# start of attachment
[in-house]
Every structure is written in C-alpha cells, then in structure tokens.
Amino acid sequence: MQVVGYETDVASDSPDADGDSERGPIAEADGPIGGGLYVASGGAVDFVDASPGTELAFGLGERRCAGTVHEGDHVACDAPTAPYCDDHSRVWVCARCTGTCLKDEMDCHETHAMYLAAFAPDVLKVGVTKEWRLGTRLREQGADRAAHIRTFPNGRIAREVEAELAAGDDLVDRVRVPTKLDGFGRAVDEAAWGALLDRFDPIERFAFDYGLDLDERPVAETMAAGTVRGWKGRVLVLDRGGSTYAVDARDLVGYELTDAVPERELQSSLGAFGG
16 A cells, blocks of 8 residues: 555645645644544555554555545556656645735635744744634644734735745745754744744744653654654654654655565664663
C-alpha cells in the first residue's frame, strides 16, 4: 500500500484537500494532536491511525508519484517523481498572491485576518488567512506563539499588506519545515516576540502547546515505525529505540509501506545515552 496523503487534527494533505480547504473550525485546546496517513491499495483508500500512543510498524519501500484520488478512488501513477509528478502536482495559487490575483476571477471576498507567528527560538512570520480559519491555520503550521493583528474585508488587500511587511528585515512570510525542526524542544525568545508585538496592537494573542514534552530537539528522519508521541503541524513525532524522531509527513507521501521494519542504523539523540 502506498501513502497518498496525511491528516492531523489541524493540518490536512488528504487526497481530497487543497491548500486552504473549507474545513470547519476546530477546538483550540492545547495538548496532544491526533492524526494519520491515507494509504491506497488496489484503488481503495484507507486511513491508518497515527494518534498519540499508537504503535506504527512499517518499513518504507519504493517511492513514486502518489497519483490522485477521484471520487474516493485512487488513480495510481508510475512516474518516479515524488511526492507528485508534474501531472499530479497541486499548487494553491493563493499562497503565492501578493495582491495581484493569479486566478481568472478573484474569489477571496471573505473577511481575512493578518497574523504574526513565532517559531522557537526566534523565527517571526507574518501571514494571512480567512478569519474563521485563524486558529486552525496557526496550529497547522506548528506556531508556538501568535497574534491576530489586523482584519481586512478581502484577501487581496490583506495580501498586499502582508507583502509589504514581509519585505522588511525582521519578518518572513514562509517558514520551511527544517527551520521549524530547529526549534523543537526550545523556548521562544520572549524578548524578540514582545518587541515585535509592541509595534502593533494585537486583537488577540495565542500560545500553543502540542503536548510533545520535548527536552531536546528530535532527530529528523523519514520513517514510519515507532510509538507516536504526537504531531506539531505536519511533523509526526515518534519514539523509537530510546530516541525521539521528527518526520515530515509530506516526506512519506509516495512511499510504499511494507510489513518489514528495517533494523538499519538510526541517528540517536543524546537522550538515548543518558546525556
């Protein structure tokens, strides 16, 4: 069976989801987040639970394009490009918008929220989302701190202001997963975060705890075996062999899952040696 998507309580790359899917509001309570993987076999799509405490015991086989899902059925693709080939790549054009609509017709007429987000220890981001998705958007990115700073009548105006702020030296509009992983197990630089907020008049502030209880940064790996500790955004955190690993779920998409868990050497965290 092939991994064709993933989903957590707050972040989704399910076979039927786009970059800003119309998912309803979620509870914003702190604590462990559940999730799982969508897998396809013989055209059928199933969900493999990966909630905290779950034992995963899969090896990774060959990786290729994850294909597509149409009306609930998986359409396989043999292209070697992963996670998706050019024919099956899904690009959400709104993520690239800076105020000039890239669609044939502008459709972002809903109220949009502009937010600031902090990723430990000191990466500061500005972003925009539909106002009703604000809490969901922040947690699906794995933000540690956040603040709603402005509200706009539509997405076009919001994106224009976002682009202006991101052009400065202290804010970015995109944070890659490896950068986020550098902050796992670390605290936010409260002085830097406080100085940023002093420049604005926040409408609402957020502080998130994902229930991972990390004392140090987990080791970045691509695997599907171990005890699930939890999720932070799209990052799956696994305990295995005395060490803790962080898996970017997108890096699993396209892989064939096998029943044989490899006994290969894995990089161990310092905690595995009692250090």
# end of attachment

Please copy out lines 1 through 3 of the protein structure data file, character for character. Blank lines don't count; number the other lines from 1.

[in-house]
Every structure is written in C-alpha cells, then in structure tokens.
Amino acid sequence: MQVVGYETDVASDSPDADGDSERGPIAEADGPIGGGLYVASGGAVDFVDASPGTELAFGLGERRCAGTVHEGDHVACDAPTAPYCDDHSRVWVCARCTGTCLKDEMDCHETHAMYLAAFAPDVLKVGVTKEWRLGTRLREQGADRAAHIRTFPNGRIAREVEAELAAGDDLVDRVRVPTKLDGFGRAVDEAAWGALLDRFDPIERFAFDYGLDLDERPVAETMAAGTVRGWKGRVLVLDRGGSTYAVDARDLVGYELTDAVPERELQSSLGAFGG